On the road with royal alley-barnes, Interim Director for the Seattle Office of Arts & Culture
Seattle is an incredible City that is home to a diverse and expansive art and cultural sector. Almost every neighborhood is home to art, artists, and the threads that weave our cultural landscape into a rich city that thrives because art is everywhere. From our city’s first people’s to the birth of the state, music, art and culture have defined our region.
Supporting, strengthening, and celebrating the rich history and the people who continue to make Seattle one of the nation’s most livable cities is the heart of Seattle Office of Arts & Culture Interim Director alley-barnes vision and the impetus behind this blog series celebrating “artists everywhere.”
“Artists everywhere IS Art EVERYWHERE. Art is the music we listen to, the movies/plays/poems/books/anime/paintings/sculpture we laugh, cry, cling, empathize, live with and through. Artists and the public are the focal point of our mission, employing artists so that we can all enjoy art everywhere. I hope you explore the city with me and discover the art that is everywhere.”royal alley-barnes, Interim Director, Office of Arts & Culture
The Seattle Office of Arts & Culture is an incubator that strengthens the arts sector and Creative Economy through grants, Public Art, arts experiences in public schools. For the first feature in this series, we take a look back at the Black Lives Matter mural restoration in Capitol Hill.
In July 2022, ARTS partnered with Vivid Matter Collective, the Seattle Department of Transportation, and community volunteers to repaint the Black Lives Matter mural on Capitol Hill.
Created on June 11, 2020, Vivid Matter Collective – now comprised of 16 local artists – created the 250-feet-long Black Lives Matter mural along Pine Street as a creative reflection of the grief, anger, pain, hope, and resilience of the Black community amidst the death of George Floyd and Black Lives Matter protests in Capitol Hill.
In September 2020, ARTS and the Seattle Department of Transportation (SDOT) began collaborations with the 15 original artists from Vivid Matter Collective to recreate and maintain the mural.
“The annual repainting of the now landmark Black Lives Matter street mural serves as an opportunity for reflection and reverence. We as the artists responsible remember that fateful day when we painted the mural seen around the world June 11, 2020. What has happened since then is the effect of that effort. We decided to form a collective to continue to support one another in our artistic endeavors. We opened a gallery, with support from Molly Moon’s Ice Cream, to continue to show our work and share with the community. As monumental of a moment that mural was, what we got from it was so much more. We got each other. We’ve all experienced individual and collective successes since then, but the real reward is connection, affirmation and a renewed sense of purpose. Our hope with the mural continuing to hold space on Capitol Hill is that the people who encounter it are reminded of the energy of that time, and continue to commune, speak, work and grow from a place of connection and want for everyone to have their fair share. To live and thrive, not just survive.”Takiyah Ward, Co-Founder of Vivid Matter Collective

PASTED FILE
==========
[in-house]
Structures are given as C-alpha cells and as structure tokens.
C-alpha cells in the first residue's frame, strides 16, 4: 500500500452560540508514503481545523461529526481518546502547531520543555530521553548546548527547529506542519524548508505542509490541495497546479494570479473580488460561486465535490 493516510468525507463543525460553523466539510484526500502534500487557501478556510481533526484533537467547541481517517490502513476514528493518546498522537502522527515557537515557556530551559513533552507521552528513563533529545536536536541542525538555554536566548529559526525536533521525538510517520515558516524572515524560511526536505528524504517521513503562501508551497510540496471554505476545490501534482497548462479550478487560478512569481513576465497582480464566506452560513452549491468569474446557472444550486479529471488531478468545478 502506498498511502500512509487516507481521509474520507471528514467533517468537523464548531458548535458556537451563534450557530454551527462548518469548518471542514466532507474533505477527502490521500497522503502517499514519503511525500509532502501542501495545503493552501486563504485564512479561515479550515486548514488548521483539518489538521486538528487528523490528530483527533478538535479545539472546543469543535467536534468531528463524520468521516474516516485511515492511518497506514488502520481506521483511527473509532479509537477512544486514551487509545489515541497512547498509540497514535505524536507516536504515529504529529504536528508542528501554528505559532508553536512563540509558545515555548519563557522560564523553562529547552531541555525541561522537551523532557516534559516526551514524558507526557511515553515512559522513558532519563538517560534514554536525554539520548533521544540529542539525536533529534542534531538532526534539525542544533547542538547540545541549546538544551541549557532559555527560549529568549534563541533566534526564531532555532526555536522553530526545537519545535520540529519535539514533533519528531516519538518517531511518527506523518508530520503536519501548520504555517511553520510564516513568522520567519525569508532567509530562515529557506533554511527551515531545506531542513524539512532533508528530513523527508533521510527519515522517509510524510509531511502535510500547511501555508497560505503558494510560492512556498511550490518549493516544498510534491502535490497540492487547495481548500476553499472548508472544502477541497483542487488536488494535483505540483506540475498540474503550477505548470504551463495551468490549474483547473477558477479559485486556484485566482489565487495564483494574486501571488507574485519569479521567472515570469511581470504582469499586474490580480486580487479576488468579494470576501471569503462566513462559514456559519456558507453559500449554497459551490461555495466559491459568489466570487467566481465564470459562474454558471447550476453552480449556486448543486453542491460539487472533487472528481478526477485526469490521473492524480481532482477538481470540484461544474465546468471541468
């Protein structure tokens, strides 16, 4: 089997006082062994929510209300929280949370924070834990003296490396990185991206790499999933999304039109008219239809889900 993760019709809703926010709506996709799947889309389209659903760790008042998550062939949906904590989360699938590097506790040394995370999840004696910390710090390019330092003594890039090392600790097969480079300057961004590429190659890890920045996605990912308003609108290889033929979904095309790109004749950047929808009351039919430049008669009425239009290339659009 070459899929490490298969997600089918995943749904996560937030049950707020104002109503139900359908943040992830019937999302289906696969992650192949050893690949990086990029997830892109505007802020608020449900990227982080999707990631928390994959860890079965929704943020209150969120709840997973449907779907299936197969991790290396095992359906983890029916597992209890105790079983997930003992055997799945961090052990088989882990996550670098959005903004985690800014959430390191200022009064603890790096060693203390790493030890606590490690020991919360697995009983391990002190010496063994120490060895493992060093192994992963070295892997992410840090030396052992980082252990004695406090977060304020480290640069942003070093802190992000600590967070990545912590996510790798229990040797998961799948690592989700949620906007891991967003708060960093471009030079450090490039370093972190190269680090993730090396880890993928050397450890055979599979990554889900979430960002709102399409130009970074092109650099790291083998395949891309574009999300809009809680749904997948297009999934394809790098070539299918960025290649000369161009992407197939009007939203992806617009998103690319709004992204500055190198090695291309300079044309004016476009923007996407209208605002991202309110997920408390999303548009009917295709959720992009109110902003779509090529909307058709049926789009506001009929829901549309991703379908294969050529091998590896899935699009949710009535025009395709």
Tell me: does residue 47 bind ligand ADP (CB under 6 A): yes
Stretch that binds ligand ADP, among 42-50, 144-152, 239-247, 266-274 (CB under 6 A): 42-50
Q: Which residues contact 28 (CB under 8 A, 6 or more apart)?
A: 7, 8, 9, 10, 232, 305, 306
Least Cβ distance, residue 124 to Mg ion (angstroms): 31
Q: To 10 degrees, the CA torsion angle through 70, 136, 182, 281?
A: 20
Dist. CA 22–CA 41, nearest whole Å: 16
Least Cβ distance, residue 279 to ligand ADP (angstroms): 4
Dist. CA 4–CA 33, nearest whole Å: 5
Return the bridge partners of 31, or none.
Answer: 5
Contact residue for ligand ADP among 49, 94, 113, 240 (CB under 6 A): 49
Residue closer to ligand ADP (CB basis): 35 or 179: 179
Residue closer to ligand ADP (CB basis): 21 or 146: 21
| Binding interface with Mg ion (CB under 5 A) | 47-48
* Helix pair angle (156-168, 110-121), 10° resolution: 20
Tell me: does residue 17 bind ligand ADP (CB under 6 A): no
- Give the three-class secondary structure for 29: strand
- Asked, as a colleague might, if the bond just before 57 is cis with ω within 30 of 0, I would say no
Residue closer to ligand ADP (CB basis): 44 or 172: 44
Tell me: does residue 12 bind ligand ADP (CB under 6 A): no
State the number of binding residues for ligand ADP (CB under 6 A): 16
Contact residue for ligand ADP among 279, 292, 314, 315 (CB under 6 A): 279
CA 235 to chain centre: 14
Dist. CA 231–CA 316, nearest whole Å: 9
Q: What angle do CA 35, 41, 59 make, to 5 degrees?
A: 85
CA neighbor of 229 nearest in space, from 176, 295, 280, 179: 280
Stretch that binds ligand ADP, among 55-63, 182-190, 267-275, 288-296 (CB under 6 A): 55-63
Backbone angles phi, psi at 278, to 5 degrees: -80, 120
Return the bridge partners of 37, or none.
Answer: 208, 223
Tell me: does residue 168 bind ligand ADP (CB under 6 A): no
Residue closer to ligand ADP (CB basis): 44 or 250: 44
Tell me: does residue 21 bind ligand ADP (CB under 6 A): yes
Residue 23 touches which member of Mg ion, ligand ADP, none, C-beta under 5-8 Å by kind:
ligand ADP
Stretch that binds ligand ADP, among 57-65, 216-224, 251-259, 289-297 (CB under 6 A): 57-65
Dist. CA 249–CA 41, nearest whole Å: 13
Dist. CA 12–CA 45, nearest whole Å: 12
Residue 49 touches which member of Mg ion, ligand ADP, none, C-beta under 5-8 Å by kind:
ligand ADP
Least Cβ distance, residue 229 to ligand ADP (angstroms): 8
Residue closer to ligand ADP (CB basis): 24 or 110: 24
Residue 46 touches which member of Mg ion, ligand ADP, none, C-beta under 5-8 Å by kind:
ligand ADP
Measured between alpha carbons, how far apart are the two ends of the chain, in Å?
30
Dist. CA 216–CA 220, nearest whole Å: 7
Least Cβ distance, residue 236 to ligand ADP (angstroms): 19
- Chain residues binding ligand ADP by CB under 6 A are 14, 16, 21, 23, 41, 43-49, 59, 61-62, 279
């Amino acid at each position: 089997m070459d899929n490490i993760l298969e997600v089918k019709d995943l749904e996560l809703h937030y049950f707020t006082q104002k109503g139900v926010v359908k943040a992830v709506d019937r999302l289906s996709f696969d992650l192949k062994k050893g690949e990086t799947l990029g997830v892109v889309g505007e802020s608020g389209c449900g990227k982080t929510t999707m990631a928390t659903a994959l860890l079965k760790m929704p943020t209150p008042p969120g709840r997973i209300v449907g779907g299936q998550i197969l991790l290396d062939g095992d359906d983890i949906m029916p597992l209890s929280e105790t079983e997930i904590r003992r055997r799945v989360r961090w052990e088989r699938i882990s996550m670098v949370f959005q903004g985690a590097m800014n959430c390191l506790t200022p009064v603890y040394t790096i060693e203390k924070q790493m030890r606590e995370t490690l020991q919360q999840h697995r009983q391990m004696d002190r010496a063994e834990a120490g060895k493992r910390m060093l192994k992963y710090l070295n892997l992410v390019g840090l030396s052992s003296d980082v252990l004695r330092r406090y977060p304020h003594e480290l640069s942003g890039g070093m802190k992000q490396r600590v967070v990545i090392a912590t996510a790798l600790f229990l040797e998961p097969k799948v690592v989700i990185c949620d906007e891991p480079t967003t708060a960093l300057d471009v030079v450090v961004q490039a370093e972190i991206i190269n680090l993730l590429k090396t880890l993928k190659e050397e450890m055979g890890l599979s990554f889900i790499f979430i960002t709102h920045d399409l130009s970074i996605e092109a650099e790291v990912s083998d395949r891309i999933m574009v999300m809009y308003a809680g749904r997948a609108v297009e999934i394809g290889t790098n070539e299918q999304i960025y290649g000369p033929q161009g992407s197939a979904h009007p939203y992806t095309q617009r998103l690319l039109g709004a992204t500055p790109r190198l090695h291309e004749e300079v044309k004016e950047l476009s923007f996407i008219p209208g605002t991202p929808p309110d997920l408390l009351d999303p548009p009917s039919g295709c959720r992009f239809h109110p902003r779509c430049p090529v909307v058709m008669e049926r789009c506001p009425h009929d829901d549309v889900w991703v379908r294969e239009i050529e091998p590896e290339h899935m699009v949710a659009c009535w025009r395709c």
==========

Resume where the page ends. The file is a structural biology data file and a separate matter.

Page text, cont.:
Among the volunteers at the recent restoration was ARTS Interim Director, royal alley-barnes, who assisted in repainting the large letters while also connecting with the muralists and volunteers.
“The recent restoration of the Black Lives Matter mural shows the utmost importance of this artwork to both the community and the City. What an honor it was to share the afternoon with Vivid Matter Collective artists, ARTS & SDOT staff, and – most importantly – community members who collectively share the desire to ensure the legacy of the mural prevails for time to come.”royal alley-barnes, Interim Director, Office of Arts & Culture
“This mural feels like a representation of our neighborhood and of our city. To see Vivid Matter Collective and community members show up to be a part of archiving this moment together feels really important to the work we should be doing as a city.”Ricky Reyes, ARTS Public Art Project Manager
Today, the mural stands as a reminder of the importance and cultural significance of the ongoing Black Lives Matter movement. ARTS and SDOT remain committed to ensuring this mural and its message are preserved for years to come.